Trial begins for Dover man in fatal shooting of Clayton man

Timothy Safford

DOVER — Did Timothy L. Safford try to protect his longtime friend from trouble before a fatal shooting at Liberty Court Apartments two years ago?

Or did the 44-year-old first-degree murder defendant discharge the rounds that felled Sylvester Lee on June 22, 2018?

Opposing attorneys presented mostly diverging accounts during opening statements Tuesday afternoon in a Superior Court trial scheduled to run two weeks. Mr. Safford has pleaded not guilty to first-degree murder and two other felonies he’s charged with.

Mr. Lee, 41 at the time, died after being shot five times near a vehicle in the west Dover neighborhood he was visiting after work on a Friday night, police investigation found. There were more than 50 people in the area at the time and most scattered following the gunfire, according to defense attorney Adam Windett.

Mr. Safford was among those who fled and he was taken into custody in Washington D.C. on June 22, 2018, Dover Police said.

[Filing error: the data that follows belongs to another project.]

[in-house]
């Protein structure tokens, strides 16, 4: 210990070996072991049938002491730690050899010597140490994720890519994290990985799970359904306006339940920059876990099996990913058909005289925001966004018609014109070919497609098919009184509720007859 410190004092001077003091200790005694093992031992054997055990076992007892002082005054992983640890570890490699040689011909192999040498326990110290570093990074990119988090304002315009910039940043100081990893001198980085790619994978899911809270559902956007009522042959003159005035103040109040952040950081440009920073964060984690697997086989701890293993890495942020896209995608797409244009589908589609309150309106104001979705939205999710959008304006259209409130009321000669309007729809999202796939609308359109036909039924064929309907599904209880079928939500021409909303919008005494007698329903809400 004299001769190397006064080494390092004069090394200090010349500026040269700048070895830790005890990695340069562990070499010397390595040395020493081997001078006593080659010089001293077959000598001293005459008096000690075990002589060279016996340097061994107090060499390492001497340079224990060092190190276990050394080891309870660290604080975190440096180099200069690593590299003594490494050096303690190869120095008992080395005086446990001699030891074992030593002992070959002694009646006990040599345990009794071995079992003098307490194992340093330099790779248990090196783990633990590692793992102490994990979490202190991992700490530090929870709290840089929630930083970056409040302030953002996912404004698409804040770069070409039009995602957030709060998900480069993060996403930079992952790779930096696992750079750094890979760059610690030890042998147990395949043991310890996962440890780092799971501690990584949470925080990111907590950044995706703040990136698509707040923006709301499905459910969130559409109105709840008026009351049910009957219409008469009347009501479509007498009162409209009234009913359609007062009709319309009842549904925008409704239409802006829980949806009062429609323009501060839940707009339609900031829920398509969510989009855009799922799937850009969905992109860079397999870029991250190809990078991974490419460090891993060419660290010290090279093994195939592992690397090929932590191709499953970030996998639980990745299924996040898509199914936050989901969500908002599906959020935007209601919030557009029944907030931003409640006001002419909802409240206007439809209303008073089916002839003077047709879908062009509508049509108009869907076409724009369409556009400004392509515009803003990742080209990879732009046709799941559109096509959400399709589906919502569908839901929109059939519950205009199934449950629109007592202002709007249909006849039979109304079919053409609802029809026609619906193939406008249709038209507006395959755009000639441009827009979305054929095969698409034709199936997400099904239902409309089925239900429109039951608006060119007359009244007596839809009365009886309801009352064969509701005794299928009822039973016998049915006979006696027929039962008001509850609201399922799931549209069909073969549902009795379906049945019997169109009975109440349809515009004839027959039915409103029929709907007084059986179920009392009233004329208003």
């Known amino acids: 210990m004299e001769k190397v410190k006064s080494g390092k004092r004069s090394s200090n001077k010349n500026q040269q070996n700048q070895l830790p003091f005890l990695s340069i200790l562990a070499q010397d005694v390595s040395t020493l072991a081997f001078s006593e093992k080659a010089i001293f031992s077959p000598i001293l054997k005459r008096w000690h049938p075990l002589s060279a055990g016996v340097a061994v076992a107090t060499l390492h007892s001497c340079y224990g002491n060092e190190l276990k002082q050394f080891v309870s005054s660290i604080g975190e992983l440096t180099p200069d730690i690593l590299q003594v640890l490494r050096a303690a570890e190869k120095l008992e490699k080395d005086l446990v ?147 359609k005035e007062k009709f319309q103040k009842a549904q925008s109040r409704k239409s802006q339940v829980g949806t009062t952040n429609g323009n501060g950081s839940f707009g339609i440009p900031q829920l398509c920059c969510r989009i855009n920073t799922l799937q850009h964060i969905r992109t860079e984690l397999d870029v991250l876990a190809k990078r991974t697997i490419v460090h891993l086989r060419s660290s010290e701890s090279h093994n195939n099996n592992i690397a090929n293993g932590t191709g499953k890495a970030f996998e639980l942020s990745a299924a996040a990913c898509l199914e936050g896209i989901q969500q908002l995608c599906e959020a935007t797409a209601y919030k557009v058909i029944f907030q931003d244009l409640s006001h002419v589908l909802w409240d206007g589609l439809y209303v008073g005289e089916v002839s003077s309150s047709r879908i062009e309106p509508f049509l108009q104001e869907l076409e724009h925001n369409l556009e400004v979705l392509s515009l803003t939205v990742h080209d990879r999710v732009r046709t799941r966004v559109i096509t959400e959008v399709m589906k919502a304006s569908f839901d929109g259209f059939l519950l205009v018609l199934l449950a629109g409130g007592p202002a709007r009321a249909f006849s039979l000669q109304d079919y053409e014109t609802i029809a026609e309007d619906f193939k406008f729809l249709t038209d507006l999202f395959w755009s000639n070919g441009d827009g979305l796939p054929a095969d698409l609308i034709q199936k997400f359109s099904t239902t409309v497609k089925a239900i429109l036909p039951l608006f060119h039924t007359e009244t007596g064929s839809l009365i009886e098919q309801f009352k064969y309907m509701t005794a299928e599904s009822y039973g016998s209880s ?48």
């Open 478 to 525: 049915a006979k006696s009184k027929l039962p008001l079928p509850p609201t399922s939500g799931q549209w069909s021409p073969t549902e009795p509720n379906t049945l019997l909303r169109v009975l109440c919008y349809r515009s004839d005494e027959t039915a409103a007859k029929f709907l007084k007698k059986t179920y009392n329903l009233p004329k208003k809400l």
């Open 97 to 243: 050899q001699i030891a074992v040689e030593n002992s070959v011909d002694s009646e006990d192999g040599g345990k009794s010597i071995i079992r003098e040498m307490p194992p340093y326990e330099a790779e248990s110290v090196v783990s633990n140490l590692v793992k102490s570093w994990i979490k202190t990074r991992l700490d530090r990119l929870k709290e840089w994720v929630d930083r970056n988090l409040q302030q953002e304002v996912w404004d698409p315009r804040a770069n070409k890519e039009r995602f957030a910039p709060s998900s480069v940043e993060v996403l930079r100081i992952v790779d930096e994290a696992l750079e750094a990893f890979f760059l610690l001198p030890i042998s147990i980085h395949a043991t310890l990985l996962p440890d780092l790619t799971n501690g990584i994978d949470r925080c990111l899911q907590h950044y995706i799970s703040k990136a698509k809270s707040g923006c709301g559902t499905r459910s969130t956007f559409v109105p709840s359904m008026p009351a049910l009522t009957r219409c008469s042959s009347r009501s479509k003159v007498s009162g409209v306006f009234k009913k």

Deputy Attorney General Stephen R. Welch said witnesses saw Mr. Safford and Mr. Lee (a Clayton resident, police said) walking to the vehicle just prior to several shots being fired. Evidence would show that a semi-automatic weapon was fired and four 9mm bullets were located, he said.

“(There were) a number of people who saw and heard what happened that night,” said Mr. Welch, who is prosecuting the case with DAG Lisa Whitelock.

While the prosecution said evidence would prove Mr. Safford pulled the trigger, Mr. Windett described the defendant as innocent and pointed to another man who witnesses said had fired a gun that night. That gun was a revolver, though, according to Mr. Welch.

According to the defense, Mr. Safford protected Mr. Lee from several altercations during the night before shots were fired. Both attorneys indicated that Mr. Lee was heavily intoxicated at the time and had smoked marijuana.

Mr. Welch said people heard Mr. Lee and Mr. Safford arguing, saying things such as “Get the (expletive) out of my car,” and “Don’t call me stupid.”

Mr. Windett said Mr. Safford was not found with a gun, and that there was no DNA, fingerprint or gunshot residue linking him to the shooting death. He told the jury that the case would rely heavily on the credibility of witness testimony.

Mr. Safford is also charged with possession of a firearm during the commission of a felony and possession of a firearm by person prohibited.

Judge Noel Eason Primos is overseeing the jury trial.